Unemployment for war vets was 11.1 percent
Veterans owned 2.4 million businesses in 2007
Shaun So served two years in Afghanistan and Pakistan in Army counterintelligence. Like thousands of other American troops returning home from the wars in Iraq and Afghanistan, he was faced with a new battle — finding a job.
With this month's completion of the U.S. military pullout of Iraq in mind, lawmakers have made veterans’ employment a priority by creating new job-training tools, and new tax credits for companies that hire veterans. But many returning members of the military are taking matters into their own hands, starting their own businesses.
A recent survey by the Small Business Administration’s Office of Advocacyfound that veterans are 45 percent more likely than those without active-duty military experience to be self-employed. One-quarter said they are interested in starting or buying their own business.
“There’s a higher tolerance for failure coming from the military,” So says. “We’ve been told ‘no’ a lot of times, and still had to press on. Part of the job of being an entrepreneur is being able to take a no.”
The SBA study suggests that a key reason for veterans’ interest in starting a business is the high level of unemployment. The unemployment rate for those returning home from Iraq and Afghanistan was 11.1 percent in November, well above the 8.6 percent national average, according to theBureau of Labor Statistics. For veterans under age 25, it is 22 percent — 5.3 points higher than for all Americans ages 16 to 24.
So, 31, decided to take advantage of the G.I. Bill to enroll in a master’s program in entrepreneurship at the Zicklin School of Business at Baruch College in 2009 while continuing various Army missions stateside.
He also took random jobs in New York, including working as a bartender and bike courier. One day after work, he met his wife, Anna, an actress, who was carrying a suitcase for her job. That image inspired him to start a niche business that picks up, stores and delivers people’s luggage.
He and a school friend, Paul Harrison, submitted the idea into a business plan competition. They came in third place. Although the idea didn’t win, So says his Army experience gave him the discipline and confidence to start the business.
“I spent a year in a pretty dangerous place, with a couple close calls. I got a swift kick in the butt from life’s risk professors and decided that start-up risk is nothing compared to life risk,” said So, who spent eight years in the Army Reserve and worked at the Pentagon’s Defense Intelligence Agency.
So had difficulty getting a VA/Small Business loan for his start-up, so he tapped into his friends and family network. In February, he incorporated his bag check business, Cubby.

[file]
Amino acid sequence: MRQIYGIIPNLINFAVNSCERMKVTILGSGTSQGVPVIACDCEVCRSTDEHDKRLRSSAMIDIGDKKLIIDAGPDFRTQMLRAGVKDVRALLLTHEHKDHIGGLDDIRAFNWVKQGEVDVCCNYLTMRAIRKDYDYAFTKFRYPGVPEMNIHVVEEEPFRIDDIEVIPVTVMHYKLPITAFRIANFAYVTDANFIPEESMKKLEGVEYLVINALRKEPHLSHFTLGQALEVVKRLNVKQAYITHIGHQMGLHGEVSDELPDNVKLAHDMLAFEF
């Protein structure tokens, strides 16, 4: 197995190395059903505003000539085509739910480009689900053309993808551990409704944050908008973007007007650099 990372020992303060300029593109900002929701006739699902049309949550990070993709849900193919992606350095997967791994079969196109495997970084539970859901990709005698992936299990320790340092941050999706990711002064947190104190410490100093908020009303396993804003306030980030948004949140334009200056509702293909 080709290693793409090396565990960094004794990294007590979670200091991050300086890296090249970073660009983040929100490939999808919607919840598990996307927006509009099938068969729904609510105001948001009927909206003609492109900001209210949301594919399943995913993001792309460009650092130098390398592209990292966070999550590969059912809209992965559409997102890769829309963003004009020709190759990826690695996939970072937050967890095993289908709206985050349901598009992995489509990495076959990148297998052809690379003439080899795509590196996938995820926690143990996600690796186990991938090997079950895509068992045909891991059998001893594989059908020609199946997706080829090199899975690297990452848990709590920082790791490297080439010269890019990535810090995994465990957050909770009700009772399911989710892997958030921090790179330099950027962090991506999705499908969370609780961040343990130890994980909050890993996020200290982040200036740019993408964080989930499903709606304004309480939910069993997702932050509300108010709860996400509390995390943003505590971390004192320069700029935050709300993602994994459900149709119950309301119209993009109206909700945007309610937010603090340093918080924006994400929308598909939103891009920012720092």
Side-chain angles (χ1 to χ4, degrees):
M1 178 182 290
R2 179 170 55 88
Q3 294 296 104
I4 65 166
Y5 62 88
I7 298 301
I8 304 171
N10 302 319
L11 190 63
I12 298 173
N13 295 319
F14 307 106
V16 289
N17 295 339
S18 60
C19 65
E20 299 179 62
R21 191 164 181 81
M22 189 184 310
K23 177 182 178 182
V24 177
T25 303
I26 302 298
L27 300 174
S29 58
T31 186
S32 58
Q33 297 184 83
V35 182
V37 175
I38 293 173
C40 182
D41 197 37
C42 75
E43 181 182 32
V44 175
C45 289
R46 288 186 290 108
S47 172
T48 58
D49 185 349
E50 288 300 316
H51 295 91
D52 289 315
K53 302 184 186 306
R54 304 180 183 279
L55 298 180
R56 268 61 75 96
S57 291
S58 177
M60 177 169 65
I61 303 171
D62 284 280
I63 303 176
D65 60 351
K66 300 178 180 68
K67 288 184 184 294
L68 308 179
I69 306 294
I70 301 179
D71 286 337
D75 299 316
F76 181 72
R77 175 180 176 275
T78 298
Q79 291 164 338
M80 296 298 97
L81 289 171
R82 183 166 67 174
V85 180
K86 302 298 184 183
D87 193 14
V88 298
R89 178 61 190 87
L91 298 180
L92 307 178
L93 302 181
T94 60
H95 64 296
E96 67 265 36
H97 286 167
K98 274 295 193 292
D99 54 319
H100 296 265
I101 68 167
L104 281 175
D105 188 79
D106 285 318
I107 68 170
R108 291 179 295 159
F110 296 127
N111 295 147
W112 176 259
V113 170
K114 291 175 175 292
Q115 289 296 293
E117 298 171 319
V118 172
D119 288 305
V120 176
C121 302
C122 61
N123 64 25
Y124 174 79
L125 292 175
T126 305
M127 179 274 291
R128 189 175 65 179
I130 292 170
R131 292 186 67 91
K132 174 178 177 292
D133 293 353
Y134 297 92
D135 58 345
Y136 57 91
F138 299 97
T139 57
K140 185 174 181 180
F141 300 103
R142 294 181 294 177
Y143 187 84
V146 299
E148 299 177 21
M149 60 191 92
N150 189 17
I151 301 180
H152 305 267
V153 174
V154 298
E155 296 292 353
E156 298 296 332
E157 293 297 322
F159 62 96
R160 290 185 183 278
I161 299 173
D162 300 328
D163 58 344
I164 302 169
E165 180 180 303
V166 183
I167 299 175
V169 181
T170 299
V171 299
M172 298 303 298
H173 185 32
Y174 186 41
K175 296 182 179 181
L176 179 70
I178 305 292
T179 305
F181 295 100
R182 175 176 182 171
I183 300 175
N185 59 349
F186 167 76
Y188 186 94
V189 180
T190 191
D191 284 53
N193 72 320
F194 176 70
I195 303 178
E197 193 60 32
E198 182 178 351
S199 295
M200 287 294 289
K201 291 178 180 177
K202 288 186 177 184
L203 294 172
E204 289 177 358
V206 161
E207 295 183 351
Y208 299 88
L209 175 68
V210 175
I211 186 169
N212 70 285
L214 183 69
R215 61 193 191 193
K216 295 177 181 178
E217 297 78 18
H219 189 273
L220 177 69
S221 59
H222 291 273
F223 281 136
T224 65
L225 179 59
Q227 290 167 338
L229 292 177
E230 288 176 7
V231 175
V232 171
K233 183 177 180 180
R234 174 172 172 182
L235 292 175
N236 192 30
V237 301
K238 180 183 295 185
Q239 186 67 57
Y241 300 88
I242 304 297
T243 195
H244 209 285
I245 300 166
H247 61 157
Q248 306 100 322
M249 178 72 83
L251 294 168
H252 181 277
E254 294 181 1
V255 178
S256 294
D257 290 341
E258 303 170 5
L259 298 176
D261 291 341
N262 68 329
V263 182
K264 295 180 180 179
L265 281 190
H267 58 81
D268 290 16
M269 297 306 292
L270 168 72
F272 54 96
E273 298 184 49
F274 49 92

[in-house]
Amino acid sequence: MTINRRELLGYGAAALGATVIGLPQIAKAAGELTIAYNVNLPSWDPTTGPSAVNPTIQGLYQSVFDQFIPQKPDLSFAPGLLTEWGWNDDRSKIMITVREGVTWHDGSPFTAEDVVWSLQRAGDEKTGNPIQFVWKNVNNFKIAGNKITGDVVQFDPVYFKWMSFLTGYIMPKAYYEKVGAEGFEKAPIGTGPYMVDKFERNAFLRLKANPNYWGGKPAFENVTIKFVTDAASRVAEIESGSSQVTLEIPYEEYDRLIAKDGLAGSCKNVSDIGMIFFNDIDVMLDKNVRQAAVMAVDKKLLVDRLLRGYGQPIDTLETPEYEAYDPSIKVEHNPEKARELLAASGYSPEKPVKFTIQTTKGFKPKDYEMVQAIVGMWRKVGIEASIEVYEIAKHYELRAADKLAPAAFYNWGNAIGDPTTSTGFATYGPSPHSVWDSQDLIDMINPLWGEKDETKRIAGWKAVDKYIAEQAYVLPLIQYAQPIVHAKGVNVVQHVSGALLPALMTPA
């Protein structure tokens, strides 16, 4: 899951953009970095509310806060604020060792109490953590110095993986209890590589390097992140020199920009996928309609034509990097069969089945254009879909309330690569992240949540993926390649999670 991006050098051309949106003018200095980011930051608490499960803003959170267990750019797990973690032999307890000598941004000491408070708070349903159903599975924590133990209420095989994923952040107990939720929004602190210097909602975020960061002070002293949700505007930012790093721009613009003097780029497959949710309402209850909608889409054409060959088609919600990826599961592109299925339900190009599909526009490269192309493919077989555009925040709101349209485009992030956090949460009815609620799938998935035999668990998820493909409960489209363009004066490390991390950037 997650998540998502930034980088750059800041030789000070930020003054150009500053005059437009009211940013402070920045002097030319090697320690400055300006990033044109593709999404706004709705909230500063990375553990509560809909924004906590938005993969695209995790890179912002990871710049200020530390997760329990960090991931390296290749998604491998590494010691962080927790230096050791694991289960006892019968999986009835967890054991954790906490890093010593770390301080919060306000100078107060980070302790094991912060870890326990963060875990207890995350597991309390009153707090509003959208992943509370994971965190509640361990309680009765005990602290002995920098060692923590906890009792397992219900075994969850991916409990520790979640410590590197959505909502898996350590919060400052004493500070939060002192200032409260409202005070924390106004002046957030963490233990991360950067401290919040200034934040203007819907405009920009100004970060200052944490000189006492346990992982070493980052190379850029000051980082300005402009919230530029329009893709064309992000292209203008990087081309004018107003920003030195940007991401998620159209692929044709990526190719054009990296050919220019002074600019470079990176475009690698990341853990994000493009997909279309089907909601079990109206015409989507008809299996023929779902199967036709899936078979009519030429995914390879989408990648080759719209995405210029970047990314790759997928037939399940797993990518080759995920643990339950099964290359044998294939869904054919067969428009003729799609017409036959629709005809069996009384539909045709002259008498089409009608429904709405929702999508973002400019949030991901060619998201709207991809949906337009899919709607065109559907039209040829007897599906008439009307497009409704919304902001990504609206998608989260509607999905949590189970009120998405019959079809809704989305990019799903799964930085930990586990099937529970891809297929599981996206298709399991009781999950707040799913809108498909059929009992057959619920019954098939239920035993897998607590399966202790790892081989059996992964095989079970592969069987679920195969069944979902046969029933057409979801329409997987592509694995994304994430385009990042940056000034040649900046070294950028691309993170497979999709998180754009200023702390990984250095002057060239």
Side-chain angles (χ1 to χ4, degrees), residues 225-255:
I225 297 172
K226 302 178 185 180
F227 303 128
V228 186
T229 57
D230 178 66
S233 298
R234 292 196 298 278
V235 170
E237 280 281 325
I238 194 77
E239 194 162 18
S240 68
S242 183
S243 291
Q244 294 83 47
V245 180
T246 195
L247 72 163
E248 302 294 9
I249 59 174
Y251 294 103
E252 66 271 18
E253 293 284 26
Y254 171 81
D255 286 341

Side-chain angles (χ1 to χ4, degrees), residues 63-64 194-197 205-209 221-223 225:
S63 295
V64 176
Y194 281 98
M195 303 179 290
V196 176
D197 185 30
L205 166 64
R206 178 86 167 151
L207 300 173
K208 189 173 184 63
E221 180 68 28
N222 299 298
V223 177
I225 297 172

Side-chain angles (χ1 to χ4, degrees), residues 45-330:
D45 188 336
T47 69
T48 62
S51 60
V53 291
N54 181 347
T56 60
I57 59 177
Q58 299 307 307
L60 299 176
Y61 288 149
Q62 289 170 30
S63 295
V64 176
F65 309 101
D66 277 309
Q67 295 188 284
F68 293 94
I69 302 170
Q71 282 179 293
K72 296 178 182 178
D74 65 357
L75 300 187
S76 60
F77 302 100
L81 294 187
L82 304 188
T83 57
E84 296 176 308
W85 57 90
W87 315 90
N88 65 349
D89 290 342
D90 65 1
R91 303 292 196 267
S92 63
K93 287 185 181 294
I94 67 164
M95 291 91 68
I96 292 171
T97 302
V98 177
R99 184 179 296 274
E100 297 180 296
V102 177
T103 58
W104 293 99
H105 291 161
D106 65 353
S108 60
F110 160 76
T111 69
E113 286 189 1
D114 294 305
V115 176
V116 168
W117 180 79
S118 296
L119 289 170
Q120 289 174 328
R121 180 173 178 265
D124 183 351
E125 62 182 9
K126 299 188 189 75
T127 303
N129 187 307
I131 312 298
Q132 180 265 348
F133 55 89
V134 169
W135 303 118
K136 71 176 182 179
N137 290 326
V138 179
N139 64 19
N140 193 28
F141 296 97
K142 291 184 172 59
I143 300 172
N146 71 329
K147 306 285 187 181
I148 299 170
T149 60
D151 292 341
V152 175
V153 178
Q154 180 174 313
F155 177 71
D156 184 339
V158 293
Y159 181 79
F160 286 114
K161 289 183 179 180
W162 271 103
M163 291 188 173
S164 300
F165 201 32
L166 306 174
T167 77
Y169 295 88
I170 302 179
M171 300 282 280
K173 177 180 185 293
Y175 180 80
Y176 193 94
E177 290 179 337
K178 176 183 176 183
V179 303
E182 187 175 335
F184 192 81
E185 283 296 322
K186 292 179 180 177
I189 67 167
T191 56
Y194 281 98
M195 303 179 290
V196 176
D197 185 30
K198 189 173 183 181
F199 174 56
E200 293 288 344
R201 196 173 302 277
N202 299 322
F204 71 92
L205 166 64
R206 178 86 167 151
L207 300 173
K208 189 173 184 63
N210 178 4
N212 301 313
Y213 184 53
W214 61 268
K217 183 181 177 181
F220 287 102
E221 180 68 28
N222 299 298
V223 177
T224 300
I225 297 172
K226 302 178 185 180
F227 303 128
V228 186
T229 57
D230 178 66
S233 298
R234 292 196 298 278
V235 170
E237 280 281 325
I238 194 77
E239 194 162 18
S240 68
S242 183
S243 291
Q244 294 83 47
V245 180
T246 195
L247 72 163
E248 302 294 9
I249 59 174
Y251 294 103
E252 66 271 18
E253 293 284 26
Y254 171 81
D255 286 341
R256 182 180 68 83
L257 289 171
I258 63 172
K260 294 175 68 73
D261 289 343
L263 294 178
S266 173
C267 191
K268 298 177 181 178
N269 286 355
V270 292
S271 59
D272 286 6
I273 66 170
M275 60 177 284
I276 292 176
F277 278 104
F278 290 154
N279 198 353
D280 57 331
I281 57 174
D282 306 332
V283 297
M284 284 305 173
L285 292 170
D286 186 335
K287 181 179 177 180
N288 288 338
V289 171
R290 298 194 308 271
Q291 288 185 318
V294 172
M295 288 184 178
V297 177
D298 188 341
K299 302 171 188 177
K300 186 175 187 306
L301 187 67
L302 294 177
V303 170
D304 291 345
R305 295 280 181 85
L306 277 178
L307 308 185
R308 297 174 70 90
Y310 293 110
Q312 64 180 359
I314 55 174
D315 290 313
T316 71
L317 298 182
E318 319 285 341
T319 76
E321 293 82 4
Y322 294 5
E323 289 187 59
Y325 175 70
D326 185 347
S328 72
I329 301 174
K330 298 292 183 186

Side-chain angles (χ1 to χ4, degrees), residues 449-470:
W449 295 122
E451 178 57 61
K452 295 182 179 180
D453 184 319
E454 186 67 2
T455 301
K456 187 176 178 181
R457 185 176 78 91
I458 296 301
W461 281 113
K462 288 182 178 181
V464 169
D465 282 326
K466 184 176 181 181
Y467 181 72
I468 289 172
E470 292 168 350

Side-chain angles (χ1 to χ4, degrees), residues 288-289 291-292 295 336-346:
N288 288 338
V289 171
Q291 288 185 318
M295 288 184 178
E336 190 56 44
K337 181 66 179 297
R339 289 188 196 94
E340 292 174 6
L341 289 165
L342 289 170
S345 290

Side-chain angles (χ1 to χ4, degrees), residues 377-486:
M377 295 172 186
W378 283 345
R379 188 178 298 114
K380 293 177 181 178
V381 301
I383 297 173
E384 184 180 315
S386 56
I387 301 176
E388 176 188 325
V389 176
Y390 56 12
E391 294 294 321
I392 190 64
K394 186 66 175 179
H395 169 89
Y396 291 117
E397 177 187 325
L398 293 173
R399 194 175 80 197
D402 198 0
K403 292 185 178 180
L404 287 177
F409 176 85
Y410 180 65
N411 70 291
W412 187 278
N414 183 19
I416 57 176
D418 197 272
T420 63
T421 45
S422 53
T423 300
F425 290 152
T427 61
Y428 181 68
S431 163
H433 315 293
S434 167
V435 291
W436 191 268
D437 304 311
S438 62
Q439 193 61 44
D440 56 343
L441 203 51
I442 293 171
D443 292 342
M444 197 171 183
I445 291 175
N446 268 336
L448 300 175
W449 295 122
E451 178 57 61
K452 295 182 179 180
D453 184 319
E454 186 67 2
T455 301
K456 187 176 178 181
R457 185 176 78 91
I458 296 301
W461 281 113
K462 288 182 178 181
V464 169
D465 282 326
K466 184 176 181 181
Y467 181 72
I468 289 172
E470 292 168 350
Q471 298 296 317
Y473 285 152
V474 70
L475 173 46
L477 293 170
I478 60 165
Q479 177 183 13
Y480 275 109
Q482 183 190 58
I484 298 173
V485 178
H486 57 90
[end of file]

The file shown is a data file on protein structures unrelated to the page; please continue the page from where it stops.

Other vets, such as 37-year-old graphics designer David Lester, have taken advantage of government programs that help veteran-owned businesses. Lester returned from his last tour of Iraq in 2007 and completed his service in the National Guard in February 2009. With the help of mentoring services from the Small Business Administration, he is now starting a print and design station business.
Some vets have trouble marketing their military job skills in the civilian world. Not 39-year-old Jonathan Quinn, whose military experience included leading a team of 40 and managing a budget of several million dollars. He started Captain Quinn’s Fitness Boot Camp, a personal training service in Brooklyn that employs two people. He says he expects to hire two more employees and is on course to generate $300,000 in sales next year.
“I was able to continue in a service position and take several things I learned about group fitness in the military and use those in my current programs,” says Quinn, who served in the Air Force from 1992 to 1999. “I brought all of the fun with none of the yelling.”
Veterans owned 2.4 million businesses in 2007, generating $1.2 trillion in receipts, according to the most recent figures available in the Census Bureau’s survey of business owners. These veteran-owned businesses had 5.8 million employees and an annual payroll of $210 billion, according to the report.
Under the Obama administration many provisions have gone into effect to help veterans and their families, including the American Jobs Act, which will offer private businesses a $9,600 tax credit for hiring disabled veterans. It will also create additional tax credits for employers who hire veterans who have spent four weeks or more out of work. Another initiative, Joining Forces,set out to help hire more than 100,000 veterans and military spouses by 2014. The Defense Department’s Transition Assistance Programhelps veterans compose resumes and offers a variety of regional workshops.
Since its opening in September on Park Avenue, So's baggage business, Cubby, has served about 700 customers and handled 1,400 bags, “storing anything that fits,” for $7 or $12, depending on size. So says he has spent $2,000 on advertising through Google Adwords, but everything else has been through word of mouth and press. While the Cubby concept may be gaining traction, So says store rent on Park Avenue is too high.
“We're going to be relocating so our cost structure matches our growth projections," says So, who has raised nearly $150,000. So says he has reached out to other veteran mentors for guidance, and while many incentive programs offer support for military veterans opening or developing a business, he is looking to seed investors for larger expansion.
“Not trying is the biggest risk; it’s like failure to yourself,” So says.
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